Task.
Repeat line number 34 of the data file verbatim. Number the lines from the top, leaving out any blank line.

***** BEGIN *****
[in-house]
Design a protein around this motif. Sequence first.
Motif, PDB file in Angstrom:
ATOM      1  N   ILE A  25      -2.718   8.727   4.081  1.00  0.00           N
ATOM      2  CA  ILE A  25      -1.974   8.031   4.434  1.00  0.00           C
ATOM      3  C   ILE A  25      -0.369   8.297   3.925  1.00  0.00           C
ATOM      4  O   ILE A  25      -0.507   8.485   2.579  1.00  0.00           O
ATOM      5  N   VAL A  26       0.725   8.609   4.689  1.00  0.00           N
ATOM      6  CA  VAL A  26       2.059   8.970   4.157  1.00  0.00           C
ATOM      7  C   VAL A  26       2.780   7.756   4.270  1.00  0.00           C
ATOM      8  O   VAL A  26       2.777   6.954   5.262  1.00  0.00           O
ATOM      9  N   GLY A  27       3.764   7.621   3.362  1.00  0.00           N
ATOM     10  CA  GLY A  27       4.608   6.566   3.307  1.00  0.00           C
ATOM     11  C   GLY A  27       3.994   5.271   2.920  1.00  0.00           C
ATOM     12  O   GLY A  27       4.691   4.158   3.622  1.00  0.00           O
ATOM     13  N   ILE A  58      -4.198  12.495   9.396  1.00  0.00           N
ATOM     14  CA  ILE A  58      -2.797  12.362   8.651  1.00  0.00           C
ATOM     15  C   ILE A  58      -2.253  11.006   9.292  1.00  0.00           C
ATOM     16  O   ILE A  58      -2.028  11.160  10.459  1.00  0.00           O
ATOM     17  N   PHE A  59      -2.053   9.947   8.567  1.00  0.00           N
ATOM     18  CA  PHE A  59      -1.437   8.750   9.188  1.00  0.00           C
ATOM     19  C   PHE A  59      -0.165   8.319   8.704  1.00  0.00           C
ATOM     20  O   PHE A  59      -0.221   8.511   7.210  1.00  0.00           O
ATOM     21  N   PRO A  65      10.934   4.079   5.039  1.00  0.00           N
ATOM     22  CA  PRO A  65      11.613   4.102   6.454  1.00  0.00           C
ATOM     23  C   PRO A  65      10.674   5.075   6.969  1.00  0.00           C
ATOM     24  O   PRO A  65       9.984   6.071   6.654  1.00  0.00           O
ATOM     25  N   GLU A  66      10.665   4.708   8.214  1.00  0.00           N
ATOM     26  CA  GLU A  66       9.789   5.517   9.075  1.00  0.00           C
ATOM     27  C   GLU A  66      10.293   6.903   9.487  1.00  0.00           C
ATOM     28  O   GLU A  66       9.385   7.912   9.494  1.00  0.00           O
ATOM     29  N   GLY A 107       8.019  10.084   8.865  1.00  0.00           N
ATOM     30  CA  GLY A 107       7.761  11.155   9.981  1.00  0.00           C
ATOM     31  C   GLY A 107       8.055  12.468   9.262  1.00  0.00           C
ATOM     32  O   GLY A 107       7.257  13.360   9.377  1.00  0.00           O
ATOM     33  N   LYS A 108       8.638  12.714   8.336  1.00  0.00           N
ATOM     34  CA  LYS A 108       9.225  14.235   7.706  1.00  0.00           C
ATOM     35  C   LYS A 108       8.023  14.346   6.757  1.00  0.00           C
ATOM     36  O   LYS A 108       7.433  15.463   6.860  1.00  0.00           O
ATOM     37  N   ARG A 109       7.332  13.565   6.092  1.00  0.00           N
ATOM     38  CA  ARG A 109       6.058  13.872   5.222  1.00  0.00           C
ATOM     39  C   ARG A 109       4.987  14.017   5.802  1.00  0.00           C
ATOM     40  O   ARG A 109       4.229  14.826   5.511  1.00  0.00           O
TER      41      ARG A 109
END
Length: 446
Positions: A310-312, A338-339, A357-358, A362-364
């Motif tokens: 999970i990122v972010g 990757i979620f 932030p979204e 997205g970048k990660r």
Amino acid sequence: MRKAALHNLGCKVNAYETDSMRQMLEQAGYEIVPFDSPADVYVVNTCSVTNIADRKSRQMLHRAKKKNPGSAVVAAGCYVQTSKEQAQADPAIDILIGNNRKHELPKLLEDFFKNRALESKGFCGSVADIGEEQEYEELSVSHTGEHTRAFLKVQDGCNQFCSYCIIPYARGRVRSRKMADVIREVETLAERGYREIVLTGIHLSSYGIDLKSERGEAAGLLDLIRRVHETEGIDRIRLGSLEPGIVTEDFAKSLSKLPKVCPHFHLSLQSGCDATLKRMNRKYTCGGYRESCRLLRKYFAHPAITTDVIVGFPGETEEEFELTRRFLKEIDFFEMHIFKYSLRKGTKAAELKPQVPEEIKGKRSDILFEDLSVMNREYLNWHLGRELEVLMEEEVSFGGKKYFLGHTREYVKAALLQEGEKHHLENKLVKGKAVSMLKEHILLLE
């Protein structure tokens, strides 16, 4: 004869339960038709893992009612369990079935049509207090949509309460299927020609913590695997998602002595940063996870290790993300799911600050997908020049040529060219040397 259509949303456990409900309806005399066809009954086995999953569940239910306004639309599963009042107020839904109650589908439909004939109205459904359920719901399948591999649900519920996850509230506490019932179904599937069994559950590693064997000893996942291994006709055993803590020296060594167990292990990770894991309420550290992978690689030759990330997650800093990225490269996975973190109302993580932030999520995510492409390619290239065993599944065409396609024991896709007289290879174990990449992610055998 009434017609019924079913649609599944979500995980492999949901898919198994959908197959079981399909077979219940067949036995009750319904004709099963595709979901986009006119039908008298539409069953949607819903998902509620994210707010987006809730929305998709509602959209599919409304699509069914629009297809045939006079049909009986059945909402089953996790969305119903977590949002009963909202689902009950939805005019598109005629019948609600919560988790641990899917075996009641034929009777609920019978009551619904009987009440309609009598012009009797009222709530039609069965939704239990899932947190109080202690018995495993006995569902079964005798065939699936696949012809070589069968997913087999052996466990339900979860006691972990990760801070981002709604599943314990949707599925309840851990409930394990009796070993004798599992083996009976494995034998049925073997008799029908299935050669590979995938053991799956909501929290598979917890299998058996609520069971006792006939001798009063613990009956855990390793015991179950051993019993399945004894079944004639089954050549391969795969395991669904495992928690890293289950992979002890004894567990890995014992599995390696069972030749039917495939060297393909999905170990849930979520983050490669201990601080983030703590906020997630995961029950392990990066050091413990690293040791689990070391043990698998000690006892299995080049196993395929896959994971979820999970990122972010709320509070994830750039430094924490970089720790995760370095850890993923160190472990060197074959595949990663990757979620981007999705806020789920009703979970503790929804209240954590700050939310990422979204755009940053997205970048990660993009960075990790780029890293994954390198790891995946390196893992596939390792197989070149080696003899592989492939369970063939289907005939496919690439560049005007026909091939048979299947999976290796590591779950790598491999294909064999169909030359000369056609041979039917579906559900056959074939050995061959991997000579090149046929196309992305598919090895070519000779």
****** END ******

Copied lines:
ATOM     31  C   GLY A 107       8.055  12.468   9.262  1.00  0.00           C